The winners of the 2018 Month of the Military Child annual Young Lives, BIG Stories Contest have been selected.

Reflecting on what it means to be a military child or youth, participants addressed this year's theme, Brave Hearts, Resilient Souls.

Seven winners ranging from 3 years old to 12th grade were chosen, based on content, form, grammar, presentation of the main idea and creativity. Each participant provided an essay or artwork to tell their story on military family life. Prizes are given for the winners of each of the age categories and one overall winner.

The contest, which is part of the annual Month of the Military Child observance, is sponsored by the U.S. Army Installation Management Command's G9 Family and Morale, Welfare and Recreation division's Child and Youth Services.

Winners by category are:

Overall winner: Sydney Heuer, Army National Guard
3- to 5-year-olds: Courtney Jones, Army National Guard
5 years to first grade: Noah Bush, Fort Campbell
Second to third grade: Margaret Gacutan, USAG Bavaria-Grafenwoehr
Fourth to fifth grade: Savanna Cleveland, USAG Wiesbaden
Sixth to eighth grade: Se Oh Bush, Fort Campbell
Ninth to 12th grade: Kassie Angle, Fort Huachuca

Sydney Heuer, the contest's overall winner, wrote an essay about her father's deployments in 2008, 2012 and this year. "I'm proud of his service, and so happy that we have been able to FaceTime often and send many care packages, but nothing will be better than the big hug I'm waiting for," Sydney wrote. "When Dad serves, the whole family serves, and I am proud to do my part to support my soldier."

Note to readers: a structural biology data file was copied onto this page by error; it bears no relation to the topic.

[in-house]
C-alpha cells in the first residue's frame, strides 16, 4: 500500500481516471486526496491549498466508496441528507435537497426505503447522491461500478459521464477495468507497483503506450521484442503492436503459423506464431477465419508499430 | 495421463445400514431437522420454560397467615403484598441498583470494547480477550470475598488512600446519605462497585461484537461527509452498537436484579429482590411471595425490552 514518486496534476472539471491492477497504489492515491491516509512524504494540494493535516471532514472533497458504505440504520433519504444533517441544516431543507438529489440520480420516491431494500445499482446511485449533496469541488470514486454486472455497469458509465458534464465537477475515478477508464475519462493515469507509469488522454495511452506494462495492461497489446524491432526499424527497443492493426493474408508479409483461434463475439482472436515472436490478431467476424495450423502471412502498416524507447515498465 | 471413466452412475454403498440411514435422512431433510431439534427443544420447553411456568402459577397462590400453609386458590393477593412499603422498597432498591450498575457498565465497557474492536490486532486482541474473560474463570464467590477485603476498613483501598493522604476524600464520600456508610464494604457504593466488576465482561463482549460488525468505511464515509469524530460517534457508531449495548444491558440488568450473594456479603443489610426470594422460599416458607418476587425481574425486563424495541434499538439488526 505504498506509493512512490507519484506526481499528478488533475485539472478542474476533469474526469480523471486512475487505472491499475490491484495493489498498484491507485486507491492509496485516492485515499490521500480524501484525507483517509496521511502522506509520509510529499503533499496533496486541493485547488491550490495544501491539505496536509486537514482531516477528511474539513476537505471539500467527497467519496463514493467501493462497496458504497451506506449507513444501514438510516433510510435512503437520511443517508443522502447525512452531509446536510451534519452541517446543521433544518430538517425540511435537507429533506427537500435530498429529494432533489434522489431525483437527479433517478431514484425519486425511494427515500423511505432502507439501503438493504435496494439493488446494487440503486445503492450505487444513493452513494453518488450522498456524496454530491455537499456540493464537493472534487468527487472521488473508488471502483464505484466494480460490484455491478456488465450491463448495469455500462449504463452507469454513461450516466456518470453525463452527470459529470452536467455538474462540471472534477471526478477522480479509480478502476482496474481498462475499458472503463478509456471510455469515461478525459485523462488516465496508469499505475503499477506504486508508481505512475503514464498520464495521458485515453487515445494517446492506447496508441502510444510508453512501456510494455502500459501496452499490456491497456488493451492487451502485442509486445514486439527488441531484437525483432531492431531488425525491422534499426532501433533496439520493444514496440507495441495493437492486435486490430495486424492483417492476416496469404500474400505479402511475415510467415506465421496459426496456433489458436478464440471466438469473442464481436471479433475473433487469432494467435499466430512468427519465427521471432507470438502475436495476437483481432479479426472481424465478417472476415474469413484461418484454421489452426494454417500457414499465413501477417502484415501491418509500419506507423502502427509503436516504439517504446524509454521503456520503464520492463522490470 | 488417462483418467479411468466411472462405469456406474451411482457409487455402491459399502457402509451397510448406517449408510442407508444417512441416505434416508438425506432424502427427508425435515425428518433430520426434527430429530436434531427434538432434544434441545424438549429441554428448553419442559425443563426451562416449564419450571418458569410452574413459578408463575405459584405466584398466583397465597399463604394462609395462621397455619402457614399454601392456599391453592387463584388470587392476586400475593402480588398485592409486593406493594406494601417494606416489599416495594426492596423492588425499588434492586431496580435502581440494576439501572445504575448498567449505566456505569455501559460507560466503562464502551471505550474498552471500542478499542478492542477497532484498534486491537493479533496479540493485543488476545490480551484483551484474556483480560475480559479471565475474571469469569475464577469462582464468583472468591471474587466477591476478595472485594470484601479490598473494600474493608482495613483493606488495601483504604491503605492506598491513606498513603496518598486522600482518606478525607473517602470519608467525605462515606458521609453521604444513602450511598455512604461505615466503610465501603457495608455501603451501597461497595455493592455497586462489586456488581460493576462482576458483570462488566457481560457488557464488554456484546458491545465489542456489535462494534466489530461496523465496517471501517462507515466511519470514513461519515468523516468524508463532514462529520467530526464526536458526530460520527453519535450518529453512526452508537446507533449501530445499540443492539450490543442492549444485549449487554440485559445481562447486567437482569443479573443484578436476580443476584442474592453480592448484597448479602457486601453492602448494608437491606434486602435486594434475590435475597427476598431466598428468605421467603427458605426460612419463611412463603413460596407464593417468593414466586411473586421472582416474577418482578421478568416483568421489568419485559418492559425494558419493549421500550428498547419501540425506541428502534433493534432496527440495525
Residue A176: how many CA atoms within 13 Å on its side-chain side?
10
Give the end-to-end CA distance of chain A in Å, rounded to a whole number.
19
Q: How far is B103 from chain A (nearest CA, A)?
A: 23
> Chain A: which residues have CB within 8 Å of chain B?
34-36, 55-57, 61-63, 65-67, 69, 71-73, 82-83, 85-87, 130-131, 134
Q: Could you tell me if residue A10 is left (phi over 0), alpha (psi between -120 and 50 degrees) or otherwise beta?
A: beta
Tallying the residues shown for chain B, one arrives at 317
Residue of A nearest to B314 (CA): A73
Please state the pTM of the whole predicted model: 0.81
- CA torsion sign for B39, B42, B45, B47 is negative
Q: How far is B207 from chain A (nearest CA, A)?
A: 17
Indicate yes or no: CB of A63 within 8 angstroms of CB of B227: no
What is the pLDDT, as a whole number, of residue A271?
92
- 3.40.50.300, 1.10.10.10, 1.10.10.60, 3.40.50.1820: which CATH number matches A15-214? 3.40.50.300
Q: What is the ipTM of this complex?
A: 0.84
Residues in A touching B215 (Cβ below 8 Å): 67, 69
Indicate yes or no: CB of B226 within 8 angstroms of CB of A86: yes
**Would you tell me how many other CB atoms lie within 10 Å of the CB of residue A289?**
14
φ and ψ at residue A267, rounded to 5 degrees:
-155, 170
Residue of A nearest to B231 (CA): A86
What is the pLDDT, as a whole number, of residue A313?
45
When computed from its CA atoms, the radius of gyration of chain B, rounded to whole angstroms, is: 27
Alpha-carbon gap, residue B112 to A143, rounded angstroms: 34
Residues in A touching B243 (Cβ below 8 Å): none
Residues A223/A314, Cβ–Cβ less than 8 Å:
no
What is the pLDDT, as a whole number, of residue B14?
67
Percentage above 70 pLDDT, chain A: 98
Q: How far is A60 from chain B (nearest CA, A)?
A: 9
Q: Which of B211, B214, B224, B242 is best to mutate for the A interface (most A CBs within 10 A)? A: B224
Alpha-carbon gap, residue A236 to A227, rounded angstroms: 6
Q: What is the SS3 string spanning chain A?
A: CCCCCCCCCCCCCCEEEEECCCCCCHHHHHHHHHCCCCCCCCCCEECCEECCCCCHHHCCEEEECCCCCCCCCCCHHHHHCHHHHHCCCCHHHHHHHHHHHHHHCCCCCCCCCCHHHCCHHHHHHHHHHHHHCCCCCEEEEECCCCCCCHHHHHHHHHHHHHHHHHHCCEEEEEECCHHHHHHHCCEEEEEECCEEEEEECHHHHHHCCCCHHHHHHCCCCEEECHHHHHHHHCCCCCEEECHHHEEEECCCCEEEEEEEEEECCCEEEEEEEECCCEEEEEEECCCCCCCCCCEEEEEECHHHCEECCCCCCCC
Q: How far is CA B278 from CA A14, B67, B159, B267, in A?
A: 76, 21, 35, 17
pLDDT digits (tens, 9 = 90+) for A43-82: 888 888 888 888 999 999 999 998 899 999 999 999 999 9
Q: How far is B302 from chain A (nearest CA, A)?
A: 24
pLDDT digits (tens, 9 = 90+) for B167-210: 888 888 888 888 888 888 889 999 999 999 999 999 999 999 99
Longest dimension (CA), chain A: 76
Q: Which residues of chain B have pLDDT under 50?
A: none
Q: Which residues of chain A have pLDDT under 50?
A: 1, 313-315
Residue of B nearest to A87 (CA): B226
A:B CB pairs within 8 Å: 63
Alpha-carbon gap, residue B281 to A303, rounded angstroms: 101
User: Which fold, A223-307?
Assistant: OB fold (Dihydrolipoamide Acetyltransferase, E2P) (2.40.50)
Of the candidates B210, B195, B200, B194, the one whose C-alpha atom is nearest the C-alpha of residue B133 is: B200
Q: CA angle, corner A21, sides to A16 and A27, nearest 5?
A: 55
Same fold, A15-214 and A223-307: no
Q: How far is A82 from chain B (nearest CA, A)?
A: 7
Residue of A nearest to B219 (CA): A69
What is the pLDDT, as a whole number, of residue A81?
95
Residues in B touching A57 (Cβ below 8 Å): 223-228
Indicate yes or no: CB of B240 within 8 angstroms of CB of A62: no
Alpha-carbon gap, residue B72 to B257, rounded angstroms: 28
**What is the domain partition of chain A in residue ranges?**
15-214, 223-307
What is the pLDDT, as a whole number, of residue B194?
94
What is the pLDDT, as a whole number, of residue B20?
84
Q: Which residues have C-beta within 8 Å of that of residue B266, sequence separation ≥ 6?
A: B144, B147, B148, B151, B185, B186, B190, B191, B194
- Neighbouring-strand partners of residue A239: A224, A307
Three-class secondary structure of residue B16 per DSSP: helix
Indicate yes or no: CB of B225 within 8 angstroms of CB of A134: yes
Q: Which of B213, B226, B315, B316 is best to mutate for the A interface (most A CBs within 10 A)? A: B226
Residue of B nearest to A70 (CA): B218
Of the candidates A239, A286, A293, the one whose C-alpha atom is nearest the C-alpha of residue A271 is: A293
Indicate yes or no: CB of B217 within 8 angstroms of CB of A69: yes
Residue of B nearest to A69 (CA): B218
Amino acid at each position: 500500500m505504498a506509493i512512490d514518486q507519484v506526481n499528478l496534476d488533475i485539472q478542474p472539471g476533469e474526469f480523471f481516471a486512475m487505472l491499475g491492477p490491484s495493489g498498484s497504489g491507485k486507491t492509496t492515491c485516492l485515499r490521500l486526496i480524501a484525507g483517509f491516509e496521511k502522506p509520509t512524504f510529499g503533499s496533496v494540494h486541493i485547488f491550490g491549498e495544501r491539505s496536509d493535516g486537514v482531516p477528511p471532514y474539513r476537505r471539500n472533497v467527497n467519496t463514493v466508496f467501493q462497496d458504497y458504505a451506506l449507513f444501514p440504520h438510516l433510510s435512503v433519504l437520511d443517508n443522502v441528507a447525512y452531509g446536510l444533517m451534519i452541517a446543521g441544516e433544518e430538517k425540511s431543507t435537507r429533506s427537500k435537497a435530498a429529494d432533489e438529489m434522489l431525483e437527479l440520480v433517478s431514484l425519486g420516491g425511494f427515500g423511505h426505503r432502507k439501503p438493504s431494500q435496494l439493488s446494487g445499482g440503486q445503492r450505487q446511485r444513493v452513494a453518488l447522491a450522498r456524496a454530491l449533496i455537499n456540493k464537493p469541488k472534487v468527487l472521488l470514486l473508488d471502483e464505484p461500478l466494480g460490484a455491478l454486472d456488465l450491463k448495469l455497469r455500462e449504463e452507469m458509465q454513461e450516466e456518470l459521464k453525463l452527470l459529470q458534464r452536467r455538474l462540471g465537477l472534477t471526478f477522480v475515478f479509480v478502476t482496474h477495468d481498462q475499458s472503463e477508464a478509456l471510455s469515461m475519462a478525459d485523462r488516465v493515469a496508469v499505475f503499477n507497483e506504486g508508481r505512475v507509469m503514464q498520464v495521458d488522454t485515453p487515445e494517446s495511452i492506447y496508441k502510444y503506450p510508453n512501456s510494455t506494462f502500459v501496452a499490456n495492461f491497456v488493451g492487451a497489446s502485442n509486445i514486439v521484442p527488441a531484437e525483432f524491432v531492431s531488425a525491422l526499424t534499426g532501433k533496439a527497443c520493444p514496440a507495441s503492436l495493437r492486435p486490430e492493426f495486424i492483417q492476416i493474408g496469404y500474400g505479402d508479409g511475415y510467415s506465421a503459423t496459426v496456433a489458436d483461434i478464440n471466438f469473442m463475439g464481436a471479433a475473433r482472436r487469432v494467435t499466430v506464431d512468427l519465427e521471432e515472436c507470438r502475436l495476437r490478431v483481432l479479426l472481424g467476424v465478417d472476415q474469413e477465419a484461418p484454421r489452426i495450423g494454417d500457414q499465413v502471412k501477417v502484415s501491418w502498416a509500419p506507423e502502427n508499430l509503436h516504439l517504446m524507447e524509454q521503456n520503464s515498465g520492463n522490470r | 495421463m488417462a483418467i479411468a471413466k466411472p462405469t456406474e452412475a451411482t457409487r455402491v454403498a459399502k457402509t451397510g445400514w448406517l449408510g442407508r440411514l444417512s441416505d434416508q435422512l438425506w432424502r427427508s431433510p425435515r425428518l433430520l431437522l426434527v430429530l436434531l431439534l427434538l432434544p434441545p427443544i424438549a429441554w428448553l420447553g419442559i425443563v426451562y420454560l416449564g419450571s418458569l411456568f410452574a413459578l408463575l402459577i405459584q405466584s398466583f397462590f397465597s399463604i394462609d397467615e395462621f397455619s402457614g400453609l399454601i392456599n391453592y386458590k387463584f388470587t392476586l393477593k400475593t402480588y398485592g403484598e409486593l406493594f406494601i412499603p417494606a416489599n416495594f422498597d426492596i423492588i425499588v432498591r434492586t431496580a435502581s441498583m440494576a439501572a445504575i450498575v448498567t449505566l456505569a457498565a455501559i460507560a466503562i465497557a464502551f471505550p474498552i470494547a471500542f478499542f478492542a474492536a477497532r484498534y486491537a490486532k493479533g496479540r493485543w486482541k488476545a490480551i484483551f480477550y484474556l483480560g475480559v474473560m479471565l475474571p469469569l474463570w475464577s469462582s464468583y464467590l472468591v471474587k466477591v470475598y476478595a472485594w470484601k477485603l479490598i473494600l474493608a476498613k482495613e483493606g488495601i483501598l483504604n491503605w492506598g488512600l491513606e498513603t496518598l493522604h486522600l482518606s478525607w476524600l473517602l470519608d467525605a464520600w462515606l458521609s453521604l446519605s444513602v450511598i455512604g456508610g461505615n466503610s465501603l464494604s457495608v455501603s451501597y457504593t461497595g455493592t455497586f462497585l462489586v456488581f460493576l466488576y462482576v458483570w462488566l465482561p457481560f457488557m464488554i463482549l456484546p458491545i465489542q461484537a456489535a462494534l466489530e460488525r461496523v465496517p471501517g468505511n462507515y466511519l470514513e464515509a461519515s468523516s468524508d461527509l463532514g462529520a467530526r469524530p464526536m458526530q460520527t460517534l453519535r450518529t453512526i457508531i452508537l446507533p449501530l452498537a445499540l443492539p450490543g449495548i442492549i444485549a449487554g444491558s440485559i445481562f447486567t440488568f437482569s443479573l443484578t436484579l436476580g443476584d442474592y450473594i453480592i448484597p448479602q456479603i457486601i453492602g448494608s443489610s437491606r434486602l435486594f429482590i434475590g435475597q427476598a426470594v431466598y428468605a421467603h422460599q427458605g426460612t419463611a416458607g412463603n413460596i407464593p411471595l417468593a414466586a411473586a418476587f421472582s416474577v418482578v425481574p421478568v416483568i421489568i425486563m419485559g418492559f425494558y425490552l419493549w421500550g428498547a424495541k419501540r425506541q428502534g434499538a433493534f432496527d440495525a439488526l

Savanna Cleveland of USAG Wiesbaden described the educational experiences she has gained through travel, as well as the emotions involved in moving. "Suppose I do not make new friends, suppose we cannot find a nice house, suppose I do not like my new teacher. My parents have taught me that these emotions are normal and they comfort me by saying we are in this together."

Se Oh Bush of Fort Campbell used the analogy of a morning jog to describe the life of a military child, writing: "You start your run. You meet somebody as you're running and you chat with them. You guys make jokes, have fun, and then he leaves. So you're alone until the next person comes. This next person has replaced the other person and soon you're his friend. Then, unfortunately the path comes to a fork and he goes left and you go right. You ultimately go your own way. You finish your jog having met many people of all backgrounds, personalities, and places. That is the way of a military kid."

Kassie Angle of Fort Huachuca wrote about the positives and negatives of military family life. "It means learning to love a place just in time to leave it, and loving places so much you wish you could stay. And it means not really wanting to stay anywhere, at least not more than three years, and being just as glad when the movers bring your stuff as when they come to take it, and hoping that they don't pack porcelain dolls and power tools in the same box and then label it 'books.' It means going places you could otherwise never go, seeing things you would otherwise never see. It means freedom, and it means knowing you had a part in it, that it's the land of the free because of the brave and you know who the brave are."

Congratulations to all the 2018 winners!

Look for information on the 2019 contest early next year.